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Glargine Insulin: Gold Standard for Cats, but Dogs?

Clinician's Brief (Capsule)

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One of the properties of glargine insulin—a human insulin analog produced through recombinant DNA techniques—is a slow, prolonged, and relatively constant release (ie, peakless insulin). In this study, 5 dogs with newly diagnosed diabetes mellitus (DM) and 5 dogs with uncontrolled DM were evaluated for effects of twice-daily glargine insulin administration. Dogs were fed a diet high in insoluble fiber and received glargine insulin at 0.5 U/kg SC q12h. At 4 follow-up visits, blood glucose (BG) was measured q2h for at least 10 hours after a meal. Dogs had well regulated DM at 38 days (mean) posttreatment. Mean minimum BG concentrations at 2 and 12 hours’ postadministration were 163 ± 89 mg/dL and 230 ± 95 mg/dL, respectively. There were no significant differences between mean minimum and mean maximum BG concentrations or at other time points. Hypoglycemia was noted at various intervals in 7 dogs during hospitalization. Although no dogs showed signs of hypoglycemia, 2 of these 7 dogs had a seizure at home—one of which was believed to be caused by prosencephalic disease. An initial starting dose of 0.3 U of glargine insulin/kg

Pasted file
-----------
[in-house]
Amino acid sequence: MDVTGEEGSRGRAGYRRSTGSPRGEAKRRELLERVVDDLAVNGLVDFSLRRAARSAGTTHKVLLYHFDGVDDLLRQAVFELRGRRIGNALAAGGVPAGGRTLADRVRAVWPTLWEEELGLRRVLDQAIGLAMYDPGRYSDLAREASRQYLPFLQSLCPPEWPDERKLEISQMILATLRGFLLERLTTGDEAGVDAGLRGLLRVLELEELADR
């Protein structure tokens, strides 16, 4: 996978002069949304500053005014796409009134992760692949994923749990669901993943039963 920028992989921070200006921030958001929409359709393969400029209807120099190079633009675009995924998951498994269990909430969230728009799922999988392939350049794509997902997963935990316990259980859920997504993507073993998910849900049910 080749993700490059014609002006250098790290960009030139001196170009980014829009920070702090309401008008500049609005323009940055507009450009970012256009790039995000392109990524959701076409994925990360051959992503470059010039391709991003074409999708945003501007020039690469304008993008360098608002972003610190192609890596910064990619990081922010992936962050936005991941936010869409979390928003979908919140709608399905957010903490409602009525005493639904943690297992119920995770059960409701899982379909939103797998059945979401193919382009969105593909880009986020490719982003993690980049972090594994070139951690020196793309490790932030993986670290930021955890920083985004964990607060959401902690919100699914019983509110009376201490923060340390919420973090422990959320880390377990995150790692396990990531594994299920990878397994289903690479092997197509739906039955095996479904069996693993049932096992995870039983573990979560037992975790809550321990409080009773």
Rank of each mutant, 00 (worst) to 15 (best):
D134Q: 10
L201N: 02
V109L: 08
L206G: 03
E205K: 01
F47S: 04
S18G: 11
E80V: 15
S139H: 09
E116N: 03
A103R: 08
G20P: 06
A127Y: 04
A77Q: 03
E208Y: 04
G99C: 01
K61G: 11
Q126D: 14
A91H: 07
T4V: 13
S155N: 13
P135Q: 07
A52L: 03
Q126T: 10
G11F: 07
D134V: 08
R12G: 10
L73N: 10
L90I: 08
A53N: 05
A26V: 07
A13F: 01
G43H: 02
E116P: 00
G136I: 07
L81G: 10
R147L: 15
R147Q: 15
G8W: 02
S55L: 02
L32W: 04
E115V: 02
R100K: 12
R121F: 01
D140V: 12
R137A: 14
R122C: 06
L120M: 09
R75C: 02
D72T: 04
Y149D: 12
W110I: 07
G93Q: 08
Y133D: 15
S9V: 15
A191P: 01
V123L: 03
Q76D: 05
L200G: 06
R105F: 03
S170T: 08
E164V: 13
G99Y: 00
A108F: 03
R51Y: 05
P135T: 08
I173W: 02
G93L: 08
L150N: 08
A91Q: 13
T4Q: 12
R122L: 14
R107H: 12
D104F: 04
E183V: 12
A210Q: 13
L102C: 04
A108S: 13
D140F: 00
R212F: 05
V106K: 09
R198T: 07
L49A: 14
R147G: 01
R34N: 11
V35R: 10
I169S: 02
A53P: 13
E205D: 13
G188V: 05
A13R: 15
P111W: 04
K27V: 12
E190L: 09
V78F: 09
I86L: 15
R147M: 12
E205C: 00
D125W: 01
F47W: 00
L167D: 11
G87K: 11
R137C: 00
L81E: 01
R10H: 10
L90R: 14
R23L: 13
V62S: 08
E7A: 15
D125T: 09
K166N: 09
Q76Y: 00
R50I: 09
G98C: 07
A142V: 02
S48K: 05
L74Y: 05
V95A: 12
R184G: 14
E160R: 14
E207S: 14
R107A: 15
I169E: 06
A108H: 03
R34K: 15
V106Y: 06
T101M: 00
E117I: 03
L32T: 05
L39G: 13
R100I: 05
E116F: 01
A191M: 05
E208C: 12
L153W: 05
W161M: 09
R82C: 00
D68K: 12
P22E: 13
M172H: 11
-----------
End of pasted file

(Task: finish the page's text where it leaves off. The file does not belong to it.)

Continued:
SC q12h was recommended.

Global Commentary

Glargine (long-acting, peakless) has become the insulin of choice for DM in cats. The role of glargine in canine DM is less clear; there are few studies that have examined glargine in spontaneous cases of canine DM. This study found that good glycemic control was achievable with glargine. Based on the balance of evidence and experience, I would still use NPH or lente insulin as first-line treatment for canine DM; however, I would consider glargine in cases of uncomplicated DM in which adequate glycemic control was not achieved. Glargine also shows promise for critically ill patients without DM but insulin therapy is needed for glycemic control.—Natashia Evans, BVSc(hons), BSc(Vet), MACVSc(Small Animal Medicine)


Glargine insulin for treatment of naturally-occurring diabetes mellitus in dogs. Hess RS, Drobatz KJ. JAVMA 243:1154-1161, 2013.

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